Date of Award

Spring 1-1-2011

Document Type


Degree Name

Doctor of Philosophy (PhD)


Computer Science

First Advisor

James H Martin

Second Advisor

Daniel Jurafsky

Third Advisor

Christopher D Manning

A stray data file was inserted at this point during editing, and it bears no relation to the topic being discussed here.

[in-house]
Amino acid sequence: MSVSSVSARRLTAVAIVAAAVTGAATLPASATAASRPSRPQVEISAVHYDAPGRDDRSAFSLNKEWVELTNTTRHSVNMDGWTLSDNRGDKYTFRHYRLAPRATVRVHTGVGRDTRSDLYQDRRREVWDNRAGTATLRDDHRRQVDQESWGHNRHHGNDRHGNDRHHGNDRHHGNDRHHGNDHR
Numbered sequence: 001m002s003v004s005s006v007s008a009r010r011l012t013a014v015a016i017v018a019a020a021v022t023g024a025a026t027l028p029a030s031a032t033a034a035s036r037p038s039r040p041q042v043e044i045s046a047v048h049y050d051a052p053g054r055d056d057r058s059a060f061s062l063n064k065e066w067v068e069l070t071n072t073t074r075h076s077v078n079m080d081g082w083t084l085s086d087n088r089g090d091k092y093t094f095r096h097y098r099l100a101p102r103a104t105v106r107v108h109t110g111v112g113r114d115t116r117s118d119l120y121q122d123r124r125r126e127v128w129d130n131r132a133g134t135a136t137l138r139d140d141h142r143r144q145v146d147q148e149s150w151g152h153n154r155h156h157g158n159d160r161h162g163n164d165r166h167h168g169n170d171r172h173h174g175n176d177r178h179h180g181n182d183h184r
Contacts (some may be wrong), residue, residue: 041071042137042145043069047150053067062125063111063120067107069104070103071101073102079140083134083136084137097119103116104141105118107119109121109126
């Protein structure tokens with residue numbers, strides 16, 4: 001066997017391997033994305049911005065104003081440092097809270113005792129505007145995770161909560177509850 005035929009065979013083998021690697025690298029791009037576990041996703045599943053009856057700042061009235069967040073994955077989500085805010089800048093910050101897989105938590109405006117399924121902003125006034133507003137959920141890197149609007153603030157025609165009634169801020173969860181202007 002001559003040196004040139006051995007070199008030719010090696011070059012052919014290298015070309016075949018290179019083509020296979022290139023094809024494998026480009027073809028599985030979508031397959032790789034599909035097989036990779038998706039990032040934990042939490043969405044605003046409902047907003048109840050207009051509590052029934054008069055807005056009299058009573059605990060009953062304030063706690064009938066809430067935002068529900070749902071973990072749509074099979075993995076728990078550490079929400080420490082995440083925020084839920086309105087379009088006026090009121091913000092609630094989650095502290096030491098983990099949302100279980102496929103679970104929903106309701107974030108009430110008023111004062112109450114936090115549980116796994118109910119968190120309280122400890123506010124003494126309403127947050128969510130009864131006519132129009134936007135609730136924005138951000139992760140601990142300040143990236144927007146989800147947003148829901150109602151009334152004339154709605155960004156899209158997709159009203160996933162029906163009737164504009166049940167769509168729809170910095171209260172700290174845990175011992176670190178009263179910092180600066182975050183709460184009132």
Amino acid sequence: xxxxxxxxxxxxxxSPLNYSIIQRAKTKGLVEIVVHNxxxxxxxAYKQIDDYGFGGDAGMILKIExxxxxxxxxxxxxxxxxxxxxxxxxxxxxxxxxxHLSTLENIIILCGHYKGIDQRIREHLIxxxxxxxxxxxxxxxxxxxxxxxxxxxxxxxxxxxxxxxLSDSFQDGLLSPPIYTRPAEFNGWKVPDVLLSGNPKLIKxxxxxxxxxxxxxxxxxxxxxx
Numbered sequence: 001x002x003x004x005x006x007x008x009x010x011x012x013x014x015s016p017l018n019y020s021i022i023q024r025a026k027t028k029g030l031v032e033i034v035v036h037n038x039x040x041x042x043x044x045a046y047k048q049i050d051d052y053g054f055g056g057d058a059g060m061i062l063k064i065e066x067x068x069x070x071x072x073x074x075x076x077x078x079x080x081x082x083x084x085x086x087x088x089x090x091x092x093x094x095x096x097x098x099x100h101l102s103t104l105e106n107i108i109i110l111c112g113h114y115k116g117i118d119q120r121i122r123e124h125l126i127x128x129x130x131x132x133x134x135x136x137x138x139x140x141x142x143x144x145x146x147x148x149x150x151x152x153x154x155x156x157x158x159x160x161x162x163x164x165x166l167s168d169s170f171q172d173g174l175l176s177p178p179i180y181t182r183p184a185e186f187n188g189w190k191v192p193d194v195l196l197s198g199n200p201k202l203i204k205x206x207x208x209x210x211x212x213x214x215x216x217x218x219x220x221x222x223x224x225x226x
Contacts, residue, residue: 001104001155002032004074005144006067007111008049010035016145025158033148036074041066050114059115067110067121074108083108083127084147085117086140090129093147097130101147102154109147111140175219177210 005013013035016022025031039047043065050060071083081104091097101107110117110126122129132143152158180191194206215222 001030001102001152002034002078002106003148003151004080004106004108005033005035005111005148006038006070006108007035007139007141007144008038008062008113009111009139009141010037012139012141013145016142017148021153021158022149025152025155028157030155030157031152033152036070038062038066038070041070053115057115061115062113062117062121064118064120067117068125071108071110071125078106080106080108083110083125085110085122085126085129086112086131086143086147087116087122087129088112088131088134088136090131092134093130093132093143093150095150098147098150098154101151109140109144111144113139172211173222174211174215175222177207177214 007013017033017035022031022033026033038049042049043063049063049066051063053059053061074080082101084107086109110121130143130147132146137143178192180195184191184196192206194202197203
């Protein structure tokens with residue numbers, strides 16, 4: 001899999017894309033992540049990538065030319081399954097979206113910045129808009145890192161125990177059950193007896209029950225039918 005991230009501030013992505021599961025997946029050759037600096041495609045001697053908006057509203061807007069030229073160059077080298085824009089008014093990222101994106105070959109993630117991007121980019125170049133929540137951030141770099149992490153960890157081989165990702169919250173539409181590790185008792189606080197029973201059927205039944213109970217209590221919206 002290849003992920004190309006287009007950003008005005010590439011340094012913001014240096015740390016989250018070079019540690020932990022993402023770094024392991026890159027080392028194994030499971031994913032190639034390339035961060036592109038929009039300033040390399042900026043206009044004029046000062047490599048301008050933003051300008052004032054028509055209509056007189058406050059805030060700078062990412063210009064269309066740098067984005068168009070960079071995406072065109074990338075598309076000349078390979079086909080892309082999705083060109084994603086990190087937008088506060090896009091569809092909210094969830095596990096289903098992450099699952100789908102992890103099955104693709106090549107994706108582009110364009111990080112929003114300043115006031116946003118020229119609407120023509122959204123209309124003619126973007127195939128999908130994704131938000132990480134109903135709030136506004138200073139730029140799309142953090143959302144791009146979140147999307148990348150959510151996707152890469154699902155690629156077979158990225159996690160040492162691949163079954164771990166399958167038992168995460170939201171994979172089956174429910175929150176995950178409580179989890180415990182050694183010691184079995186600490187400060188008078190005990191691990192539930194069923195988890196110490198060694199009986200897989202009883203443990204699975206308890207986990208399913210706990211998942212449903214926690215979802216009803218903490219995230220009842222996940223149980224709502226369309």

The goal of this dissertation is to determine the best way to train a statistical machine translation system. I first develop a state-of-the-art machine translation system called Phrasal and then use it to examine a wide variety of potential learning algorithms and optimization criteria and arrive at two very surprising results. First, despite the strong intuitive appeal of more recent evaluation metrics, training to these metrics is no better than the older traditional approach of training to BLEU. Second, the most widely used learning algorithm for training machine translation systems, called minimum error rate training (MERT), works no better than standard machine learning algorithms such as log-linear models. This result demonstrates that machine translation does not require using a special purpose learning algorithm, but rather can be approached in a manner similar to other natural language processing and machine learning tasks. These results have a number of important implications. Contrary to existing beliefs, work on improving machine translation evaluation metrics and then training to the improved metrics will not in itself result in improved translation systems. Even more significantly, the widespread usage of MERT has limited the sort of models that can be used for machine translation, as it does not scale well to large numbers of features. If it is not necessary to use MERT to train competitive systems, machine translation can be treated similarly to any other natural language processing task with models that include arbitrarily large feature sets.